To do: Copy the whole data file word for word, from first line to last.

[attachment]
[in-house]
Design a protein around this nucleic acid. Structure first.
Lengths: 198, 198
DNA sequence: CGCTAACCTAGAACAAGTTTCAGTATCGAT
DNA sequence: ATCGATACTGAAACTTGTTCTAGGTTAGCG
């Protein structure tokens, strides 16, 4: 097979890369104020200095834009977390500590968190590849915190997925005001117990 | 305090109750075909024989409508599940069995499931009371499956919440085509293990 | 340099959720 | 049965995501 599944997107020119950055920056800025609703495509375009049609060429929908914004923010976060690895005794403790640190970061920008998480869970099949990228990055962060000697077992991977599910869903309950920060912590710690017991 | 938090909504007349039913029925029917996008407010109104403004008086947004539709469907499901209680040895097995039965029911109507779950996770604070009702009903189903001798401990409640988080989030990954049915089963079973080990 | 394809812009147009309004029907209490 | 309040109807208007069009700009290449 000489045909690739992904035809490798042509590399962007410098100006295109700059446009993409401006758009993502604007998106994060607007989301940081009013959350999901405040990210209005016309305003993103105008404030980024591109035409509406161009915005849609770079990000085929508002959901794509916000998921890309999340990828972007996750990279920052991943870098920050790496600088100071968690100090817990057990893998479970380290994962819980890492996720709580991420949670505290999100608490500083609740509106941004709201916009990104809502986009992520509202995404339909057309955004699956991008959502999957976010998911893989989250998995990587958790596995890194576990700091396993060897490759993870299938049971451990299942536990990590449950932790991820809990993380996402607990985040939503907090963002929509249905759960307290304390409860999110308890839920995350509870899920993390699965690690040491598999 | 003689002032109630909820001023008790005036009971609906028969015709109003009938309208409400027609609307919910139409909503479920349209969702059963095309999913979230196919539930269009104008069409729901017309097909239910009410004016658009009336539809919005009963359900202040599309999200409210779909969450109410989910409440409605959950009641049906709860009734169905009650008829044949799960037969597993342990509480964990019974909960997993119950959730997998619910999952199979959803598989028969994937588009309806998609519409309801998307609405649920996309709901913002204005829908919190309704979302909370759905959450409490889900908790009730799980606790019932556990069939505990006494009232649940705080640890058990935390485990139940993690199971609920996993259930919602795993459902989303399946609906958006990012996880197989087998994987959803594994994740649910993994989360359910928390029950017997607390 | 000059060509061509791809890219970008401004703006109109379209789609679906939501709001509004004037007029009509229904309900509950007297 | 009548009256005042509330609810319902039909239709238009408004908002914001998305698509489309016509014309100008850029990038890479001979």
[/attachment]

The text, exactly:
[in-house]
Design a protein around this nucleic acid. Structure first.
Lengths: 198, 198
DNA sequence: CGCTAACCTAGAACAAGTTTCAGTATCGAT
DNA sequence: ATCGATACTGAAACTTGTTCTAGGTTAGCG
């Protein structure tokens, strides 16, 4: 097979890369104020200095834009977390500590968190590849915190997925005001117990 | 305090109750075909024989409508599940069995499931009371499956919440085509293990 | 340099959720 | 049965995501 599944997107020119950055920056800025609703495509375009049609060429929908914004923010976060690895005794403790640190970061920008998480869970099949990228990055962060000697077992991977599910869903309950920060912590710690017991 | 938090909504007349039913029925029917996008407010109104403004008086947004539709469907499901209680040895097995039965029911109507779950996770604070009702009903189903001798401990409640988080989030990954049915089963079973080990 | 394809812009147009309004029907209490 | 309040109807208007069009700009290449 000489045909690739992904035809490798042509590399962007410098100006295109700059446009993409401006758009993502604007998106994060607007989301940081009013959350999901405040990210209005016309305003993103105008404030980024591109035409509406161009915005849609770079990000085929508002959901794509916000998921890309999340990828972007996750990279920052991943870098920050790496600088100071968690100090817990057990893998479970380290994962819980890492996720709580991420949670505290999100608490500083609740509106941004709201916009990104809502986009992520509202995404339909057309955004699956991008959502999957976010998911893989989250998995990587958790596995890194576990700091396993060897490759993870299938049971451990299942536990990590449950932790991820809990993380996402607990985040939503907090963002929509249905759960307290304390409860999110308890839920995350509870899920993390699965690690040491598999 | 003689002032109630909820001023008790005036009971609906028969015709109003009938309208409400027609609307919910139409909503479920349209969702059963095309999913979230196919539930269009104008069409729901017309097909239910009410004016658009009336539809919005009963359900202040599309999200409210779909969450109410989910409440409605959950009641049906709860009734169905009650008829044949799960037969597993342990509480964990019974909960997993119950959730997998619910999952199979959803598989028969994937588009309806998609519409309801998307609405649920996309709901913002204005829908919190309704979302909370759905959450409490889900908790009730799980606790019932556990069939505990006494009232649940705080640890058990935390485990139940993690199971609920996993259930919602795993459902989303399946609906958006990012996880197989087998994987959803594994994740649910993994989360359910928390029950017997607390 | 000059060509061509791809890219970008401004703006109109379209789609679906939501709001509004004037007029009509229904309900509950007297 | 009548009256005042509330609810319902039909239709238009408004908002914001998305698509489309016509014309100008850029990038890479001979």